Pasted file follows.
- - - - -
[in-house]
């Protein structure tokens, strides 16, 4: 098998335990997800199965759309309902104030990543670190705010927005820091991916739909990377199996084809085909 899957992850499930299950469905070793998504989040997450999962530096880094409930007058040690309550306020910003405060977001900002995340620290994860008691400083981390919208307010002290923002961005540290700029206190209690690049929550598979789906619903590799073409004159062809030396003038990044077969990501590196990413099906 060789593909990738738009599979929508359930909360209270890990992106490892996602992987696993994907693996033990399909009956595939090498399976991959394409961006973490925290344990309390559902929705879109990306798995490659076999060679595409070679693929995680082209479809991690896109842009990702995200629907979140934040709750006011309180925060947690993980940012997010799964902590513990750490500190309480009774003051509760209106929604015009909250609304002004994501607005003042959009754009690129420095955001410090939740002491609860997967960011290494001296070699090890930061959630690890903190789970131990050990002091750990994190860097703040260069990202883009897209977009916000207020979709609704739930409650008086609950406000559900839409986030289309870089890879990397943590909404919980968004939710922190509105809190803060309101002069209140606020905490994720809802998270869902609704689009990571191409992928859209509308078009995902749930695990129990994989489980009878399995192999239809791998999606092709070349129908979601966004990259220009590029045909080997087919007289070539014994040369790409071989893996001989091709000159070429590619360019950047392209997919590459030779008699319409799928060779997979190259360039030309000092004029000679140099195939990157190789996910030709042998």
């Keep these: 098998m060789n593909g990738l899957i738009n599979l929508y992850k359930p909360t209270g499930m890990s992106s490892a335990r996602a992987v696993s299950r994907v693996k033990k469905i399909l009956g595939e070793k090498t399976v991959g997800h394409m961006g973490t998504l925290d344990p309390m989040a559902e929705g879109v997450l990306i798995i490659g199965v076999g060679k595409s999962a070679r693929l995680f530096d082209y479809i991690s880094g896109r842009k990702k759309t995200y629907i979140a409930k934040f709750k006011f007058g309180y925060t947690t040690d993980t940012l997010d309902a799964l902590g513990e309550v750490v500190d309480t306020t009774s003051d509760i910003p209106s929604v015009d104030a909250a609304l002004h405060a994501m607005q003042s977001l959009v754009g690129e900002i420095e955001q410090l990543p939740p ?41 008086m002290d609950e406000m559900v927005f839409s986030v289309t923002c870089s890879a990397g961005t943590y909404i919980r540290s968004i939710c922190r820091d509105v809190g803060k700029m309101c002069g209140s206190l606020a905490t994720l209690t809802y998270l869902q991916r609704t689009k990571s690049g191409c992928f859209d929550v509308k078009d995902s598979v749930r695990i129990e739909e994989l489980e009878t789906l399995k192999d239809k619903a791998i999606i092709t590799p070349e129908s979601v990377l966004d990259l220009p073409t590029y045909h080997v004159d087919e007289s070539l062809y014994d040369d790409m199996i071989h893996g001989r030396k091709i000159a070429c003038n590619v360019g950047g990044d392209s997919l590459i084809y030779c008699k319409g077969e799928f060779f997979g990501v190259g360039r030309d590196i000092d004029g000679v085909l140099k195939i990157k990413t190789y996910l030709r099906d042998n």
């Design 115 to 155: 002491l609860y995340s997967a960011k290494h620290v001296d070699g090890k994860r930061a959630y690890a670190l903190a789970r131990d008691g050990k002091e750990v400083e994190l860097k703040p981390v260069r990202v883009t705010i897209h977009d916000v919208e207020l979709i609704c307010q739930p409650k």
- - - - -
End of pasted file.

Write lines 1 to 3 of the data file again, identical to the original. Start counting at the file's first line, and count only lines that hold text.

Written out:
[in-house]
């Protein structure tokens, strides 16, 4: 098998335990997800199965759309309902104030990543670190705010927005820091991916739909990377199996084809085909 899957992850499930299950469905070793998504989040997450999962530096880094409930007058040690309550306020910003405060977001900002995340620290994860008691400083981390919208307010002290923002961005540290700029206190209690690049929550598979789906619903590799073409004159062809030396003038990044077969990501590196990413099906 060789593909990738738009599979929508359930909360209270890990992106490892996602992987696993994907693996033990399909009956595939090498399976991959394409961006973490925290344990309390559902929705879109990306798995490659076999060679595409070679693929995680082209479809991690896109842009990702995200629907979140934040709750006011309180925060947690993980940012997010799964902590513990750490500190309480009774003051509760209106929604015009909250609304002004994501607005003042959009754009690129420095955001410090939740002491609860997967960011290494001296070699090890930061959630690890903190789970131990050990002091750990994190860097703040260069990202883009897209977009916000207020979709609704739930409650008086609950406000559900839409986030289309870089890879990397943590909404919980968004939710922190509105809190803060309101002069209140606020905490994720809802998270869902609704689009990571191409992928859209509308078009995902749930695990129990994989489980009878399995192999239809791998999606092709070349129908979601966004990259220009590029045909080997087919007289070539014994040369790409071989893996001989091709000159070429590619360019950047392209997919590459030779008699319409799928060779997979190259360039030309000092004029000679140099195939990157190789996910030709042998």
């Keep these: 098998m060789n593909g990738l899957i738009n599979l929508y992850k359930p909360t209270g499930m890990s992106s490892a335990r996602a992987v696993s299950r994907v693996k033990k469905i399909l009956g595939e070793k090498t399976v991959g997800h394409m961006g973490t998504l925290d344990p309390m989040a559902e929705g879109v997450l990306i798995i490659g199965v076999g060679k595409s999962a070679r693929l995680f530096d082209y479809i991690s880094g896109r842009k990702k759309t995200y629907i979140a409930k934040f709750k006011f007058g309180y925060t947690t040690d993980t940012l997010d309902a799964l902590g513990e309550v750490v500190d309480t306020t009774s003051d509760i910003p209106s929604v015009d104030a909250a609304l002004h405060a994501m607005q003042s977001l959009v754009g690129e900002i420095e955001q410090l990543p939740p ?41 008086m002290d609950e406000m559900v927005f839409s986030v289309t923002c870089s890879a990397g961005t943590y909404i919980r540290s968004i939710c922190r820091d509105v809190g803060k700029m309101c002069g209140s206190l606020a905490t994720l209690t809802y998270l869902q991916r609704t689009k990571s690049g191409c992928f859209d929550v509308k078009d995902s598979v749930r695990i129990e739909e994989l489980e009878t789906l399995k192999d239809k619903a791998i999606i092709t590799p070349e129908s979601v990377l966004d990259l220009p073409t590029y045909h080997v004159d087919e007289s070539l062809y014994d040369d790409m199996i071989h893996g001989r030396k091709i000159a070429c003038n590619v360019g950047g990044d392209s997919l590459i084809y030779c008699k319409g077969e799928f060779f997979g990501v190259g360039r030309d590196i000092d004029g000679v085909l140099k195939i990157k990413t190789y996910l030709r099906d042998n």